The Courier News from Blytheville, Arkansas on June 29, 1939 · Page 10
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June 29, 1939

The Courier News from Blytheville, Arkansas · Page 10

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Blytheville, Arkansas
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Thursday, June 29, 1939
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Page 10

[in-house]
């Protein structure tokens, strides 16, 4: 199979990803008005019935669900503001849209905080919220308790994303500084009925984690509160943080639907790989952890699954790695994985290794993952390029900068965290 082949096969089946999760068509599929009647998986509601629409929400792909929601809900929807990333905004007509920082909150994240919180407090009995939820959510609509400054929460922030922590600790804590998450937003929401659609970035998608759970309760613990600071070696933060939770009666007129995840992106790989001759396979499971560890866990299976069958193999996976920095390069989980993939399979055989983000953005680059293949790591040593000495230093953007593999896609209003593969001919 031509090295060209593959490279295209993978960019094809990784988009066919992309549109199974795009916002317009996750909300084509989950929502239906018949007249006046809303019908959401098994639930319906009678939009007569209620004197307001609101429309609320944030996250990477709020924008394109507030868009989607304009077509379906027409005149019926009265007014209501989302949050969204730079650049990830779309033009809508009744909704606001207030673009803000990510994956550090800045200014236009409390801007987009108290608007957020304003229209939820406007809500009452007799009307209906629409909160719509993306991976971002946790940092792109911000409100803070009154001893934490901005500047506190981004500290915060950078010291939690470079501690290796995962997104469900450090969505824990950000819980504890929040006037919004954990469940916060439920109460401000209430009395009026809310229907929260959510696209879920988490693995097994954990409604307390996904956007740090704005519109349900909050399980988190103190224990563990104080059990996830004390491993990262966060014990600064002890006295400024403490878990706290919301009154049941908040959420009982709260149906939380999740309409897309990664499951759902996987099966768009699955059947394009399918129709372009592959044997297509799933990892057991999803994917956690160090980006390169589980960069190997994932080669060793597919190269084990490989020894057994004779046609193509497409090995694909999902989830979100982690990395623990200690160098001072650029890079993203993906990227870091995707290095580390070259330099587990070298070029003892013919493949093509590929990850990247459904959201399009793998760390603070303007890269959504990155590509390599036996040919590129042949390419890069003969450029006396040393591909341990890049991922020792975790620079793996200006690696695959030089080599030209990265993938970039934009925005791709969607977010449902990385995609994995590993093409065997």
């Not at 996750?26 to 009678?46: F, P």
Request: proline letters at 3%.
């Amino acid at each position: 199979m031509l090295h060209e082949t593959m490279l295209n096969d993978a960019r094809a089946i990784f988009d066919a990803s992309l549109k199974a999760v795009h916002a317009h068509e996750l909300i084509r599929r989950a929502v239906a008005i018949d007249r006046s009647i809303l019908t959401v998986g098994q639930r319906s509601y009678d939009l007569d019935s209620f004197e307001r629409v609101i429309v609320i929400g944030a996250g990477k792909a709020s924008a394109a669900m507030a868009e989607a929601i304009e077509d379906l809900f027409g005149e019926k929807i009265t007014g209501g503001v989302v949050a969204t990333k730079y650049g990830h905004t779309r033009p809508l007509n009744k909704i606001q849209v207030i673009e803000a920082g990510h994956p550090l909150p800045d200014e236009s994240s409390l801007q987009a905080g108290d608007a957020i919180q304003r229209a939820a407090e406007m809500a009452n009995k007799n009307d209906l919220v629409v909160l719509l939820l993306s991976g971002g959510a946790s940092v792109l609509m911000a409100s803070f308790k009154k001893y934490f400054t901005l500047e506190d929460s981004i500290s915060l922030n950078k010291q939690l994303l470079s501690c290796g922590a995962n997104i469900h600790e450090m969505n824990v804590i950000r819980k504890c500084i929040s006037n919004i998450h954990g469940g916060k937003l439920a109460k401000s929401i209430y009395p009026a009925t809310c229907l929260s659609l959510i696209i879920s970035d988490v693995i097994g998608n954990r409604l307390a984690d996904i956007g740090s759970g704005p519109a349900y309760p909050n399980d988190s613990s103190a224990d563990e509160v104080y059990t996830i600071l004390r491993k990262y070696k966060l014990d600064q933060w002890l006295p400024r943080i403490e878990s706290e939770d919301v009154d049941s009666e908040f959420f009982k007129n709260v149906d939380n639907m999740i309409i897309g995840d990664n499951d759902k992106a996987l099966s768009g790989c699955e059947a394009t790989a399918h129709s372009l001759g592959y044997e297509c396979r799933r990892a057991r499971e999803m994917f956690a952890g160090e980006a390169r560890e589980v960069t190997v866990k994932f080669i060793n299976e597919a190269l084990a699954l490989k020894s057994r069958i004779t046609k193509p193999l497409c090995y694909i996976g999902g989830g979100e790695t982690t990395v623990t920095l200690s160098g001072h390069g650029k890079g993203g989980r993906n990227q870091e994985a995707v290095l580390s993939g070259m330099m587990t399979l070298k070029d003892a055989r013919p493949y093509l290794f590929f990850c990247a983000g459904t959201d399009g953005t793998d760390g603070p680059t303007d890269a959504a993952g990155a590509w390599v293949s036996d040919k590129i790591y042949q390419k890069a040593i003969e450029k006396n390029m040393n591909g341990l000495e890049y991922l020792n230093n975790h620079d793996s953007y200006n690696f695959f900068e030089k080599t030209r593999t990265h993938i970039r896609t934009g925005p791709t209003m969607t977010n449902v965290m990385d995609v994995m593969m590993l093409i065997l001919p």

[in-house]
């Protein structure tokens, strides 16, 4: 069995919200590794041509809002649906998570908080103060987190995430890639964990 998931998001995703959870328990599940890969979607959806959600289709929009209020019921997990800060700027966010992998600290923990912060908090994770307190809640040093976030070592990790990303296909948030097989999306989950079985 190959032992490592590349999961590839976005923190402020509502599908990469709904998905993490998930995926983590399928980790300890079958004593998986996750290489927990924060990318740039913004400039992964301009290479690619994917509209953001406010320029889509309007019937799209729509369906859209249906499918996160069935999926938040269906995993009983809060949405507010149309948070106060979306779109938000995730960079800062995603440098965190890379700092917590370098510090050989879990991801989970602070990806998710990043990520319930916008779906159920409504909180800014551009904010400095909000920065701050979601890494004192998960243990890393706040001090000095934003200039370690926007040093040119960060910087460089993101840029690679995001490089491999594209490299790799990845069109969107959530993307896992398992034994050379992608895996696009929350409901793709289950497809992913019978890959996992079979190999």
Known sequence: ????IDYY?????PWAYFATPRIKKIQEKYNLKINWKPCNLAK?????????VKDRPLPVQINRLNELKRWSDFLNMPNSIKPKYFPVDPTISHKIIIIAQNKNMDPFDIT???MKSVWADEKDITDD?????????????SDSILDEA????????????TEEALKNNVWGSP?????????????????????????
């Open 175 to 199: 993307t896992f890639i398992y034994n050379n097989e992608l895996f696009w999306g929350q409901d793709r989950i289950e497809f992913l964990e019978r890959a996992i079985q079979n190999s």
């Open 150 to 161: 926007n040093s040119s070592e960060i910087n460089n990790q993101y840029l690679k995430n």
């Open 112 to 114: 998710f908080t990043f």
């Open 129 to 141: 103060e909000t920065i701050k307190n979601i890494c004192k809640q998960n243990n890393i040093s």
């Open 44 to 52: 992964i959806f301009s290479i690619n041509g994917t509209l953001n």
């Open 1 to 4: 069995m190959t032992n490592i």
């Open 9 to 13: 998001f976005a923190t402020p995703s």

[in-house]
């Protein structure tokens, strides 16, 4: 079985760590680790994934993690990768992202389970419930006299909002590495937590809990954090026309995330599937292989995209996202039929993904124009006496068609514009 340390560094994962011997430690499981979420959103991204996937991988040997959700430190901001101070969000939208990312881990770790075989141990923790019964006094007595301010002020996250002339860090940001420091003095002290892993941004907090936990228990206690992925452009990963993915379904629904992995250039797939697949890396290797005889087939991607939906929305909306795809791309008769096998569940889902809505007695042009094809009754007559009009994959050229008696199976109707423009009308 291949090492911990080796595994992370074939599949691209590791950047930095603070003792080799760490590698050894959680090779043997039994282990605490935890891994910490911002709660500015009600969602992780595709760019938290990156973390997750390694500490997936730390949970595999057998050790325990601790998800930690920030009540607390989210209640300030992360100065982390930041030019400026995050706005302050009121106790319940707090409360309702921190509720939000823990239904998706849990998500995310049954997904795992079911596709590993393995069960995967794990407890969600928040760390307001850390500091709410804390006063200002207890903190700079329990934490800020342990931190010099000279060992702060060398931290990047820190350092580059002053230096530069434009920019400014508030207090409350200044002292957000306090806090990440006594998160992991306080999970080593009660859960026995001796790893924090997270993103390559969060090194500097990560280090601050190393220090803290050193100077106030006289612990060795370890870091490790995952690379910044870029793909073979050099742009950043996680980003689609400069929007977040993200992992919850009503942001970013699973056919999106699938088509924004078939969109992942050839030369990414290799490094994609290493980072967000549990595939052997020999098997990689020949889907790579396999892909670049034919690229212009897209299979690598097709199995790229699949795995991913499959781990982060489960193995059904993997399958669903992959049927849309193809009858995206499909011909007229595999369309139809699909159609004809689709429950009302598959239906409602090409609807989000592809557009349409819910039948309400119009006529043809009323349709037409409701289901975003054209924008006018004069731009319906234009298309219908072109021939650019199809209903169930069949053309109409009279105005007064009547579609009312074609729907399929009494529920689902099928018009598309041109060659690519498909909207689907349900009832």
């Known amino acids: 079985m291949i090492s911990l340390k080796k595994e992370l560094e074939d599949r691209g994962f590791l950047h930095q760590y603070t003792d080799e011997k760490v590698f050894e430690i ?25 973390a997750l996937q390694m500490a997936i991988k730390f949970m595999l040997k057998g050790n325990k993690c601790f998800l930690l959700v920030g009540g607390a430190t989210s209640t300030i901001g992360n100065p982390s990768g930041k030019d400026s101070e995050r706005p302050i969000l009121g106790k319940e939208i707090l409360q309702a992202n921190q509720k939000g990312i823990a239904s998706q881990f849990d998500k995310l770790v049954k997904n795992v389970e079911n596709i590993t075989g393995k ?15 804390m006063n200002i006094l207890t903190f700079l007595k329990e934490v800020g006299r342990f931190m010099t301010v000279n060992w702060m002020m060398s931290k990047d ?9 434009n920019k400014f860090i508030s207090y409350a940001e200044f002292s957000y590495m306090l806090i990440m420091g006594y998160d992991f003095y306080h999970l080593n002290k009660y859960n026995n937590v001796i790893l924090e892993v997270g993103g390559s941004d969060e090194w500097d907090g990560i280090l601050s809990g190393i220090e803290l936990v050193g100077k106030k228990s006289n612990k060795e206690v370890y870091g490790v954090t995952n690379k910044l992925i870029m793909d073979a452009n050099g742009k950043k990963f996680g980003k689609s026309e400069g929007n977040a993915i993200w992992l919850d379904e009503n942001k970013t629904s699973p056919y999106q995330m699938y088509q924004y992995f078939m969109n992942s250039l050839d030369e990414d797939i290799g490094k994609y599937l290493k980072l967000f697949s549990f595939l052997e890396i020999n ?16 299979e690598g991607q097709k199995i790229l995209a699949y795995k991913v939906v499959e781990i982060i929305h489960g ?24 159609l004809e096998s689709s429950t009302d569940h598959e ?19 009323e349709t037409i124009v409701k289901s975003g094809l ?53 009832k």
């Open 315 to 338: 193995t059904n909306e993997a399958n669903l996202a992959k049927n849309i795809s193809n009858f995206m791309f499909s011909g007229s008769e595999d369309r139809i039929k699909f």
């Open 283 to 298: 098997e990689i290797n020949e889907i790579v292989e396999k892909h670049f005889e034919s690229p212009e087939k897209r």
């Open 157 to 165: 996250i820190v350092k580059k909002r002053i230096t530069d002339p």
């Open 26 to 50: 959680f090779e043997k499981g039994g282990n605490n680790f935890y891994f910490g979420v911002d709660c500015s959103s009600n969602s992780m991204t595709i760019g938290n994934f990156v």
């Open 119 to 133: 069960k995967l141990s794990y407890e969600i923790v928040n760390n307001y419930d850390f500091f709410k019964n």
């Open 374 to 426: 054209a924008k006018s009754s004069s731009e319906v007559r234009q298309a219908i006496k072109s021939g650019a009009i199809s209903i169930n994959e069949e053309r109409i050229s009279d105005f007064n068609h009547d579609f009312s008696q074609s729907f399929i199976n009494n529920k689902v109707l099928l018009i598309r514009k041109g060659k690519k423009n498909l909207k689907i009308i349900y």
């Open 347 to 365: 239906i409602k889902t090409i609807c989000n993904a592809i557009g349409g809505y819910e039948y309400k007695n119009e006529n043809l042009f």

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BLYTIIEVILLE, '(ARIQCOURIETl NEWS \ THURSDAY, JUNE 29, 1939 .. English Scarlett O'Hara But No One Hints That English Scailett Isn't Real Actress BY PAUL HARRISON' NBA Senice Staff Correspondent HOLLYWOOD— Tile mo\ic capital lias not been kind to Vivien Leigh, and Miss Lci^h, In luin hales irolhwood Neithei Knows iniicli about the other, but it is unlikely that there will be Urns for revision of opinions When the last mile of film has been ground through David Selznicks cameras his Scarlett OHara expects to W •gone -Kith the wind On Jan 13 (which fell on a Bl- day), \\hen Miss Leigh v,as formally signed to the most coveted role In the most talked aliout picture in screen history, Hollywood welcomed her \slth mixed Jealousy and resentment, blank pu?./lcment about hei qualifications, folgncc pity for the difficulty of hei role and with smiiklng a-ldes abou her piivale hfc The English gir was in a -spot, and she knew it Curious correspondents wero ie- buffcd by SelznlcVs flat outer of "NO interviews" His stated i«i- son \\as that lie did not want his star publicized so fai In advance "of the picture's release lie ilso ',uas appiehensKc that Miss Leigh _uho Is feaitully outspoken when she chooses to talk-might adm't 'almost unjthing about her nttaih- ment for Actoi Laurence Oliver '.Aftei all, both plavcrs aie mairietl —though not to each othei PLENTY OF hlOHIFS There being no souice of 011- Ihcullc infoi ma^loiv, the rumoi factories went to \\oil. During an average day In 1 rolls wood sou could hear that Miss Leigh was being intolerably temp ei a mining that her Mayfair accent was spoiling the plctuie, that ihe was going to be fired, that she was going to quit A change of photngiapheis, a change of dlrcctois, a 10 day suspension of production, and common knowledge of the mcied- ible amount of waste film footage and retakes wcic all cited as if to her discredit She is a genuinely fine actress rrom the beginning, hei assumed soiithern accent ne\ci has caused any real difficulty She is punctual, a hard workei and usually B patient one She Is ultcily cv 'acting but not umcasonably demanding of the services of makeup experts wardrobe women, and the like. She never has tossed n tantrum for the amusement 01 embarrassment of the rest of company "This Icigh girl « thc 1» lclK >; Inch c\plosi\c ever imcntcil,' saiel one man 'When she bloiss «P, nobody lint ScUmck or Fleming (the director) ever kuovs whit it s all about " Production Uoubles on Gone With the Wind," nevei lightly attributed to the English stni, actually were mostly due to the fict that Mrs Sidney Howard had n baby' Having written the scicen play, but wanting to rush to his wife's side, Howaid was unable to remain to whittle the enoimous document down to fllmable si7£ When other writers were called in for the job, George .Cnkor. the original diieclor, disapproved Uislr treatment of the story. He quit. NO ROMANCE, NO FEUD It was a falily amicable parting except for Miss Leigh's distress at losing the guidance of a man in whom she had utter confidence, rrom the beginning, Clnrk Gable (who is Rhett Butler) would have preferred Victor Fleming to Cukor. And now Fleming, .whom Miss Jxjigh didn't know at all, was assigned the direction. (Divided lo>altlcs brought rumors of a bitter feud between the stars. Snorted the actress: "Just because Clark and I aren't having a romance, Hollywood thinks we must be fighting!" The two have not been especially friendly. Miss Leigh almost always has lunched alone In her half of a bungalow on the lot. The lear suite, with a separate en trance, is Gable's. But he lunchc in the studio cafe with the gang When she sat behind the earner it was usually with Leslie Howard, who plays Ashley \Vilkes, o with in 'coine-nulck" smile Gone With the Wiud'-Claik and Vivien nrcn 1 Miss Leigh likes frames. Shr ilnl liicllj at Chinese checkers,' was teller at liackgammon, ana- cruns. silui On l° callnl1 Scarlett's most articulate and en Ihuslastic champion TILLS THEBILI branees anil ilcmonsli-.ileil (hnl she could juggle three of Ilicm. Ordlimrlly the English ulrl Is not much, of n , conversationalist. She tells no stories and makes no jokes, although she liiughs '•«"»* ciiougli. She hns a childlike cm I- oslty about everything,' ami will rise and coolly survey l«oplc who ire coining on the set. Or .she will •im nnU watch excitedly while someone opens a- package. She icvcr concealed her delight when present, or message arrived rrom iiirence Olivier. Noliody has heard her complain openly nlout anything, mil she Blums publicity and dislikes posing for still picture.';, especially when asked to smile. "I look utterly silly," she says. yet her smile when In action has uccii described hy a 1/mdon critic ns "the most unholy, come-quick, dainn-the-others expression I ever Fncllsh correspondents • and » few players have snlcl that Vivien Lcl E h was pretty imrcl to get along llarvie Jordan Insists $5 Loss On Bale Can Be Ended ATLANTA, Ga. (UP) — Cotloi growers waste SQO.OOO.OW every tlm they produce a 12,000,COO-l)nlc crop according to liaivie Jordan, Inter wun in her pictures over there. But none hns even hinted that, she s anything hut an extremely nbc performer. In fact, she seems,o have the most.mpresslvc dramatic hactewind ° r »»? M actress In the movies today. Bank Robber Dickson Left Estate of $611 ST LOUIS (UP)—Crime may not i>av In the long run, but Benny Dickson .the 27-year-old Kansas bank robber and kidnaper, left an estate of $011.05 when lie was .shot down by G-men here, according to nil inventory filed In probate court. "In addition to the •'$011.95 In currency, Public Administrator Thomas n. Madden, in charge of the estate, listed two pieces .of jewelrj marked "value unknown." ' ' Dickson was killed as he stepped out of d sandwich shop', after lie had been lured Into a trap sot W G-men. According to the Inven- oi-y, he had $312.02 in his possession at the lime of his death, his 1937 automobile brought $201.50, and there was a refund of.$84J om the New Orleans Public- Service company. id the practice of recomprcsslon or 'greater; density sometimes ve- ults In Injury to the fibers." He said that Increasing compe- Illon In world markets emphasized he necessity for Improved packag- ng and handling of cotton In America. The present system he described as "outworn, primitive, vastoful and highly expensive." Slump Put at C5 Per Cent Jordan pointed out that export of American cotton had declined about 05 per cent within the past few years, causing a great financial loss to the South and Jeopardizing the future of the cotton- growing industry. "There were two largely attended world cptton conferences o southern growers, domestic am foreign spinners In the South din- Ing the past 30 years," Jordan said on cotton. "At both, the foreign spinner dele president of the .gates condemned the primitive an "southern Cotton As- wasteful of baling in this country. ^ationT belief "farmers are los- Jordan said anoUier failo inc an average of $5 or more on American bales in both domcsu every tale of cotton produced, and foreign markets was the piac- Most of this he said, could be lice of mixed grades packed In the saved by use of high density gin same bales. "The South has never enjoyed minimum freight mtes on the haulage of Its cotton crops, which have made the rates excessive y hiBht This will continue until sufficient tonnage of tatown.be oaded Into box cars to aulhoilze ower rates," he said. Jordan said that with hlgl Itv Bin compression and overecl with light cotton bagging nd tied with short bands, the Kite weight per bale would be reduced '' e »- U> 10 pounds. ".Tills would moan a gross weight of only 120,000,000 pounds for the tare on a 12,000,000-balc crop. By loading a minimum of 100 bales of gin compressed cotton In ant ordinary box car, a very, material! huvuu uy «»*- "* *"D-- — — — compression and cotton bagging instead of jute. t He said that $8,000,600 could be «aved on bagging and ties used on every 12,000,000 bales marketed-, $7,500,000 on Interior recompres- sioii; $4,000,000 on port compression- $5,000,000 on domestic and marine insurance; $10,000,000 on domestic freight rates; $1,250,000 on ocean freight rates; $1,000,000 on interest from delays; $2,000,000 on samples and waste; $10,000,000 on country damage; $5,000,000 on warehouse storage costs, and SV 600,000 on undergradlng and stapling. Trade Experience Wide Former U. S. Commissioner to 18 European countries, Jordan said farmers were ; responsible for all these losses. ll'bu au^jaL 1 .^. He favors an intensive research campaign to be conducted by the Department of Agriculture into ways and menus of baling cotton into more compact packages "These difficulties arc largely due to the carelessness and indifference of the cotton growers In the delivery of their seed cotton at Bins," Jordan said. Fault Fount! With Hale "Leading European spinners have informed inc on many occasions that while they preferred the American staple for their mills they would cease to purchase n when the same type staples could be obtained more economically aim delivered to their mills from othc cotton-growing countries." Higher density gin compressio is needed, Jordan said, because th present gin bale has a density o only about 12 pounds per cub foot of lint. "it is the only partly covere bale in the world using Jute tog It Is large, clumsy, hard e and does not provide sufl cient tonnage to authorize min mum carload rates for transpo tatlon. Recompression destroys U provide greater protection tf\\ luuun. ixi.v«",f' ~"— -.• --;a f s tl ° shape of the gin bale and in ma. fov "^ lint libers are u "The 500-pound, low density bale Is unwieldy, making it dim- cult to handle even after It reaches the spinner," Jordan said. •It does not pro'tcct the lint ade- ----• waste, instances the lint libers are u jiired." Ho said the present system sampling bales the waste lint o Inined from one crop was es mated. to aggregate 100,000 bales re-packs— a total loss to farmer Read Courier News want ads. BUY NOW PAY THIS FALL! Realizing the extra expense the wet weather has caused, we are extending fall credit to all our customers that want to use it. NO DOWN PAYMENT NO MONTHLY PAYMENTS Buy How-~Pay Full ftmount This Fall! . . *,, ., TIRES - TUBES - RADIOS - BUTTERIES PftRTS OR ACCESSORIES - REPMR WORK BODY, FENDER REPAIRS - GLASS INSTALLED PAINTING! Read Courier News want ads, SAFE ON LIFEGUARD! Met a itbt-wt a ilrt ... bat a "safety »Jr«- wlfnlii-d-rlr." MARY CUT The ELECTRIC BILL A FEW CtNTS AND SEVERAL DOLLAR WORTH OF FOOD HO RED TAPE r— — ^j^^ T^^ "»w««w" •. --— •- WhaCs Happening in • YourOwn Home? Poor Maryl'Shc )u?t ilidn'l rcalac lhal OUT' low ralcs permit more jjcncrous-use ot elrclticily than cv- Tr before for the j»mc money! The cost «f (his sr'nilcil fooi) would have opcrainl Ihr rcfnsoralor for scvi-rO days. Use constant' rclnfcrallon. uml plcnly of limits Ml over Ihe house. You can'l afford to Chances. .± era £f. .<v» Arkansas • Missouri .— Power Corporation All Can Be Purchased On This Special Fall Time. - - - «0 WAITING * Buy Your Tires Now For That 4th of July Trip TOM UTTLE CHEV. CO. Phone 633 The terrifying feeling of a car oul of control 19 something one never forgets; Don't let it happen to you for want of protection against the clanger of LlowpulB. LifeGuards in your tires arc worth many, times llvcir cost in the feeling of security alone which they afford. . i . Tp say. nothing of the thousands .iiof additional'safe miles ' they c|iul)le you to get p^l of your tires. Don't drive another d ay with out them 1 LIFEGUARD prtvents sudden deflation Casing and »ub« may fall, but »h« LifeGimrJ, a "safaly '-ilr«.wltMn.o-»lr..".r«taliii sufficl.iit alr-pr.i.ur* So sup. part ear until It can bt brauaH »o a steady, rallenol stop. LIFEGUARDS arela Goodyear product TKo» means ln»y'r* properly dei!gn«d and bull»-nav« : - been thoroughly proved In service by hundreds of ihou, sandi of owners -and are worth «v«ry penny cMfcelr reasonable cost. LIFEGUARDS more than pay tor themselves ]With them you can Increase your safe tire mileage by at least 25%. They will also outwear more than one) set of tires - saving considerable In new-tube costs. An* the peace-of-mlnd «i«y give you It priceless. LIFEGUARDS are easy,to buy-easy fo Install Drive In and see how easily and quickly yea can hav. LifeGuards put In. In slies available, they can ba used In any make of tire, new or now In service. You cant get better protection to save your lifel EASY TERMS-ONE-A-MONTH PLAN One small payment down, th. oil «our wheels.... Pay as you ?.». Tneict rL»h. and so on. ride, and enioy the peace-of- gl es you LKeGuara safety on ntad that LifeGuards give. GOODYEftR'SNEWG-100 ALL-WEATHER THE TIRE OF THE YEAR! 3JV« mor» *rtai mileage -, ejrmle r milts"" »o l»i»ry — ImprevtJ I'* 11 ' WcatKer" center troction -'q»ii». easy-rail .ride'-new i(reomli«ed ilyle. G«t our pd" 1 " ow on G-100 — IMl y.ar'i "l»ps 1> tires"! PATHFINDER T*e fces* tire Goodyear ever mode to Stll at today's low prices. This year 1 * Uw-cost, loTig*r«> ' leader. Anew CENTENNIAL value. Bgy now, save pEentyl NOW A3 iOW AS 50c AW£ » LOW COST, GOODYEAR TIRES - " HIGH VALUE SAVE at the Sign of the Goodyear Diamond 410 ff. Main Pho " c 898